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Abstract

The human rights movement is increasingly using interdisciplinary, multidisciplinary, mixed-methods, and quantitative factfinding. There has been too little analysis of these shifts. This article examines some of the opportunities and challenges of these methods, focusing on the investigation of socio-economic human rights. By potentially expanding the amount and types of evidence available, factfinding's accuracy and persuasiveness can be strengthened, bolstering rights claims. However, such methods can also present significant challenges and may pose risks in individual cases and to the human rights movement generally. Interdisciplinary methods can be costly in human, financial, and technical resources; are sometimes challengingto implement; may divert limited resources from other work; can reify inequalities; may produce “expertise” that disempowers rightsholders; and could raise investigation standards to an infeasible or counterproductive level. This article includes lessons learned and questions to guide researchers and human rights advocates considering mixed-methods human rights factfinding.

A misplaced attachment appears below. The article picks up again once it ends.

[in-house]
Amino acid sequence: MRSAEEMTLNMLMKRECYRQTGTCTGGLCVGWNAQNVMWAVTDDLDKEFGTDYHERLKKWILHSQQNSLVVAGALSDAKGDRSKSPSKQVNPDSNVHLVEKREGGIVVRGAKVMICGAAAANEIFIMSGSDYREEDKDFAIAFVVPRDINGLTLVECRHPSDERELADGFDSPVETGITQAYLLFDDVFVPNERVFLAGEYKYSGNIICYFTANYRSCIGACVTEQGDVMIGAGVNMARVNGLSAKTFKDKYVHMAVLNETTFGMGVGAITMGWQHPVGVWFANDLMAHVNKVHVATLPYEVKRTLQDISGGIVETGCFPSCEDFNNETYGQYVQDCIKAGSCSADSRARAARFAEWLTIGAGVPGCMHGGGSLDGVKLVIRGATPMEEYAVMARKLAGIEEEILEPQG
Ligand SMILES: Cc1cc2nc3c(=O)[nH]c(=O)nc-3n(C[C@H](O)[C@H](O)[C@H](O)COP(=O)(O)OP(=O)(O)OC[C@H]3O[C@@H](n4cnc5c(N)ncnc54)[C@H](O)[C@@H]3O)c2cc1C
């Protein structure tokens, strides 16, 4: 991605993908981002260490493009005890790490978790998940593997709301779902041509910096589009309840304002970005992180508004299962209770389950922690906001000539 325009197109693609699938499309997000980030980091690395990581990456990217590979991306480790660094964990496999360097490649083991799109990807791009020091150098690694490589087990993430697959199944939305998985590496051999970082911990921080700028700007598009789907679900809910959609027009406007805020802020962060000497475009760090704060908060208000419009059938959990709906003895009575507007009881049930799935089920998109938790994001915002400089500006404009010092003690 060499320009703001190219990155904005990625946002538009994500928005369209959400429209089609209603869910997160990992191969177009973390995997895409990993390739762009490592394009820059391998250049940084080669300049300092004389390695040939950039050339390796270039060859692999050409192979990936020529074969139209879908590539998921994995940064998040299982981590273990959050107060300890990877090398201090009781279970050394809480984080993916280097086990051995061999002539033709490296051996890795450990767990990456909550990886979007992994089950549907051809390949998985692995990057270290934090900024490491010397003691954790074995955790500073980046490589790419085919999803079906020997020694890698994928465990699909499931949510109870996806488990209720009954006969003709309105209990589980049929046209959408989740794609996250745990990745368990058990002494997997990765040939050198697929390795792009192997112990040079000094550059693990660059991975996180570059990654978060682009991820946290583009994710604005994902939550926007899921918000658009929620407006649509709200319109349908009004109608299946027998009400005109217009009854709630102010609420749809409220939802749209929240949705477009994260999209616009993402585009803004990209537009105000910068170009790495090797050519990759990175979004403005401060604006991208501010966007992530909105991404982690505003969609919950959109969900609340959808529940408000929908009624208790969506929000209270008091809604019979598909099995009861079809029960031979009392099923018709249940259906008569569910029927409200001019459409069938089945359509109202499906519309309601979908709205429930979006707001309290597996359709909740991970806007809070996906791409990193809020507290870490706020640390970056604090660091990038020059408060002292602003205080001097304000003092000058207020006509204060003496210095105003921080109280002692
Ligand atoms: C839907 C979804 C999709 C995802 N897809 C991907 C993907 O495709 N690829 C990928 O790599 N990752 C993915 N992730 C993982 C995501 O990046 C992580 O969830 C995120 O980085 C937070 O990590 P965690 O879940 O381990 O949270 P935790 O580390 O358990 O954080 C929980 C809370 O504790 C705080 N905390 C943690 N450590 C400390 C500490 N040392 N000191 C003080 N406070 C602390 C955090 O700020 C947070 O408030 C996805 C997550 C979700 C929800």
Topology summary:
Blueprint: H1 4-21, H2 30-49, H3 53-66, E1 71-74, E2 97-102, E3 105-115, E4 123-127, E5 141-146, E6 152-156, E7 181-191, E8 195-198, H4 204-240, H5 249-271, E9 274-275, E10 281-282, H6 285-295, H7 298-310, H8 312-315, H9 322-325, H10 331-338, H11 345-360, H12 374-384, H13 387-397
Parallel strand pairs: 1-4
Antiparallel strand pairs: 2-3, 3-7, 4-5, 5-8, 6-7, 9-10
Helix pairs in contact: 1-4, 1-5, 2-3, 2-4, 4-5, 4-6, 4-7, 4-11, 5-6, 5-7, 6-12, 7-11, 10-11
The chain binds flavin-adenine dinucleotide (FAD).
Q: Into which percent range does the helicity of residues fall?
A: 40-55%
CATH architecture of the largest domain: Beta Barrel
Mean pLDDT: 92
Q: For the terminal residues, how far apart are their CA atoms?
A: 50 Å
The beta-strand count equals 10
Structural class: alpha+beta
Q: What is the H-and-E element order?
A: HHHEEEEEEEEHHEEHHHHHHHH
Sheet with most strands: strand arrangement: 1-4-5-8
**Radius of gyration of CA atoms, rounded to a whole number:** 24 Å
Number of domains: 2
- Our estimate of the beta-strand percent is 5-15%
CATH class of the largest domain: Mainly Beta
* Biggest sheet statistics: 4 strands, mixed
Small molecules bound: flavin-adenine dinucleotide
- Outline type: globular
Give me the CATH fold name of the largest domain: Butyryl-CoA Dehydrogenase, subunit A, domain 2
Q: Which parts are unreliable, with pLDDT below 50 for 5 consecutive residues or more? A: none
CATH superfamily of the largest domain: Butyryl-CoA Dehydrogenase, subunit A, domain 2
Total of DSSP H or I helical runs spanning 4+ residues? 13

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/content/journals/10.1146/annurev-lawsocsci-121620-081730
2021-10-13
2024-04-22
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